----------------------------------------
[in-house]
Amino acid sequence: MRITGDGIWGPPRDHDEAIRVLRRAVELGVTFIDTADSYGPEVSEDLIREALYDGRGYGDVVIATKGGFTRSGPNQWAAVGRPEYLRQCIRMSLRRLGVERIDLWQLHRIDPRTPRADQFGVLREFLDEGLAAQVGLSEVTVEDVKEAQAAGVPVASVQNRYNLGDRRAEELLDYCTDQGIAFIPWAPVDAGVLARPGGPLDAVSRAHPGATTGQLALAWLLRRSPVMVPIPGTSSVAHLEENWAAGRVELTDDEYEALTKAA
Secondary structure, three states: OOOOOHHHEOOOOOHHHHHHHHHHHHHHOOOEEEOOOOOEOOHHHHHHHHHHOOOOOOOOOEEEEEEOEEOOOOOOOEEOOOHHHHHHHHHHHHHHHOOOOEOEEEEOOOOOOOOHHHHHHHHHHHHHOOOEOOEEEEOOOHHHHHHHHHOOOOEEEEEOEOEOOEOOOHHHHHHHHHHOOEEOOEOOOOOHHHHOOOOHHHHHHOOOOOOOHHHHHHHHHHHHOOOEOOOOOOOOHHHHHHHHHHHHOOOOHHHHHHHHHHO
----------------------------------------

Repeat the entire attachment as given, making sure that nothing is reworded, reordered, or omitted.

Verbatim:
[in-house]
Amino acid sequence: MRITGDGIWGPPRDHDEAIRVLRRAVELGVTFIDTADSYGPEVSEDLIREALYDGRGYGDVVIATKGGFTRSGPNQWAAVGRPEYLRQCIRMSLRRLGVERIDLWQLHRIDPRTPRADQFGVLREFLDEGLAAQVGLSEVTVEDVKEAQAAGVPVASVQNRYNLGDRRAEELLDYCTDQGIAFIPWAPVDAGVLARPGGPLDAVSRAHPGATTGQLALAWLLRRSPVMVPIPGTSSVAHLEENWAAGRVELTDDEYEALTKAA
Secondary structure, three states: OOOOOHHHEOOOOOHHHHHHHHHHHHHHOOOEEEOOOOOEOOHHHHHHHHHHOOOOOOOOOEEEEEEOEEOOOOOOOEEOOOHHHHHHHHHHHHHHHOOOOEOEEEEOOOOOOOOHHHHHHHHHHHHHOOOEOOEEEEOOOHHHHHHHHHOOOOEEEEEOEOEOOEOOOHHHHHHHHHHOOEEOOEOOOOOHHHHOOOOHHHHHHOOOOOOOHHHHHHHHHHHHOOOEOOOOOOOOHHHHHHHHHHHHOOOOHHHHHHHHHHO